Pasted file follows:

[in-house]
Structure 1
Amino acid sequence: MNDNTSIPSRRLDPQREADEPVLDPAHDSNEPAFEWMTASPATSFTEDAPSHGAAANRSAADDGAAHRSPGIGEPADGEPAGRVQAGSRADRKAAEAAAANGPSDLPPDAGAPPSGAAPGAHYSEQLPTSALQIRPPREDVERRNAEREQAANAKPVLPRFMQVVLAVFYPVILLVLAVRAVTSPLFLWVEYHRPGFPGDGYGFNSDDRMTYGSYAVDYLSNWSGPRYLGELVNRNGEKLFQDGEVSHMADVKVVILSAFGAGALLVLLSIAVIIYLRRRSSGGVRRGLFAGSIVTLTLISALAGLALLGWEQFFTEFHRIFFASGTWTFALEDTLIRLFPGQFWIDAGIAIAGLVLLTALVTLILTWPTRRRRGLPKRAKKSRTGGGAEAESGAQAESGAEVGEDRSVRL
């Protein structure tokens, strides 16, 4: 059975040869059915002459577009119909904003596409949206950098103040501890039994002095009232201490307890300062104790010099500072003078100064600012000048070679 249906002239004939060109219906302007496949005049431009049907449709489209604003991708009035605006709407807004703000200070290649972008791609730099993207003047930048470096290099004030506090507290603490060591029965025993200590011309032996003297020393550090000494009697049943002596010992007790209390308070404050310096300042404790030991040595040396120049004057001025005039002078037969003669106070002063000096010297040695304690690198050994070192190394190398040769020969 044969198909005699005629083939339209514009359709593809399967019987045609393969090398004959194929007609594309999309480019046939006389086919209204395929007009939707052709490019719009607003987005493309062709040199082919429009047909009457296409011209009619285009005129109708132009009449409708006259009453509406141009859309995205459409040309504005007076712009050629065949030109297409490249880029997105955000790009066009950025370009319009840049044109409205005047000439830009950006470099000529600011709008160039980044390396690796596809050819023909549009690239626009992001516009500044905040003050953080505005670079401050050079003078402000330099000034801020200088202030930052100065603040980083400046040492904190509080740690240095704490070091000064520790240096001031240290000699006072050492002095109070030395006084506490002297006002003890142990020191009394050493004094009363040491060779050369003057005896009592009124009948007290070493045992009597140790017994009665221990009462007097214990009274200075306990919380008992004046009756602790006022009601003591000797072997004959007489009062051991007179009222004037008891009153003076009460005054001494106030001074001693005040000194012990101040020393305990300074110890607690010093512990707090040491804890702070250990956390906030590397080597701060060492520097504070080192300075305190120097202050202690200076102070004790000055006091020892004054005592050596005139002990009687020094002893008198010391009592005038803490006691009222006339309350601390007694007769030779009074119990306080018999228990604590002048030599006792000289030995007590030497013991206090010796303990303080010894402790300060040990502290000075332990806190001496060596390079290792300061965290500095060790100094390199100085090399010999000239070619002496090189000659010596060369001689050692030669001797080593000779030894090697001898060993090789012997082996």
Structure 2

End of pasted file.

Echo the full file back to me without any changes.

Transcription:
[in-house]
Structure 1
Amino acid sequence: MNDNTSIPSRRLDPQREADEPVLDPAHDSNEPAFEWMTASPATSFTEDAPSHGAAANRSAADDGAAHRSPGIGEPADGEPAGRVQAGSRADRKAAEAAAANGPSDLPPDAGAPPSGAAPGAHYSEQLPTSALQIRPPREDVERRNAEREQAANAKPVLPRFMQVVLAVFYPVILLVLAVRAVTSPLFLWVEYHRPGFPGDGYGFNSDDRMTYGSYAVDYLSNWSGPRYLGELVNRNGEKLFQDGEVSHMADVKVVILSAFGAGALLVLLSIAVIIYLRRRSSGGVRRGLFAGSIVTLTLISALAGLALLGWEQFFTEFHRIFFASGTWTFALEDTLIRLFPGQFWIDAGIAIAGLVLLTALVTLILTWPTRRRRGLPKRAKKSRTGGGAEAESGAQAESGAEVGEDRSVRL
């Protein structure tokens, strides 16, 4: 059975040869059915002459577009119909904003596409949206950098103040501890039994002095009232201490307890300062104790010099500072003078100064600012000048070679 249906002239004939060109219906302007496949005049431009049907449709489209604003991708009035605006709407807004703000200070290649972008791609730099993207003047930048470096290099004030506090507290603490060591029965025993200590011309032996003297020393550090000494009697049943002596010992007790209390308070404050310096300042404790030991040595040396120049004057001025005039002078037969003669106070002063000096010297040695304690690198050994070192190394190398040769020969 044969198909005699005629083939339209514009359709593809399967019987045609393969090398004959194929007609594309999309480019046939006389086919209204395929007009939707052709490019719009607003987005493309062709040199082919429009047909009457296409011209009619285009005129109708132009009449409708006259009453509406141009859309995205459409040309504005007076712009050629065949030109297409490249880029997105955000790009066009950025370009319009840049044109409205005047000439830009950006470099000529600011709008160039980044390396690796596809050819023909549009690239626009992001516009500044905040003050953080505005670079401050050079003078402000330099000034801020200088202030930052100065603040980083400046040492904190509080740690240095704490070091000064520790240096001031240290000699006072050492002095109070030395006084506490002297006002003890142990020191009394050493004094009363040491060779050369003057005896009592009124009948007290070493045992009597140790017994009665221990009462007097214990009274200075306990919380008992004046009756602790006022009601003591000797072997004959007489009062051991007179009222004037008891009153003076009460005054001494106030001074001693005040000194012990101040020393305990300074110890607690010093512990707090040491804890702070250990956390906030590397080597701060060492520097504070080192300075305190120097202050202690200076102070004790000055006091020892004054005592050596005139002990009687020094002893008198010391009592005038803490006691009222006339309350601390007694007769030779009074119990306080018999228990604590002048030599006792000289030995007590030497013991206090010796303990303080010894402790300060040990502290000075332990806190001496060596390079290792300061965290500095060790100094390199100085090399010999000239070619002496090189000659010596060369001689050692030669001797080593000779030894090697001898060993090789012997082996």
Structure 2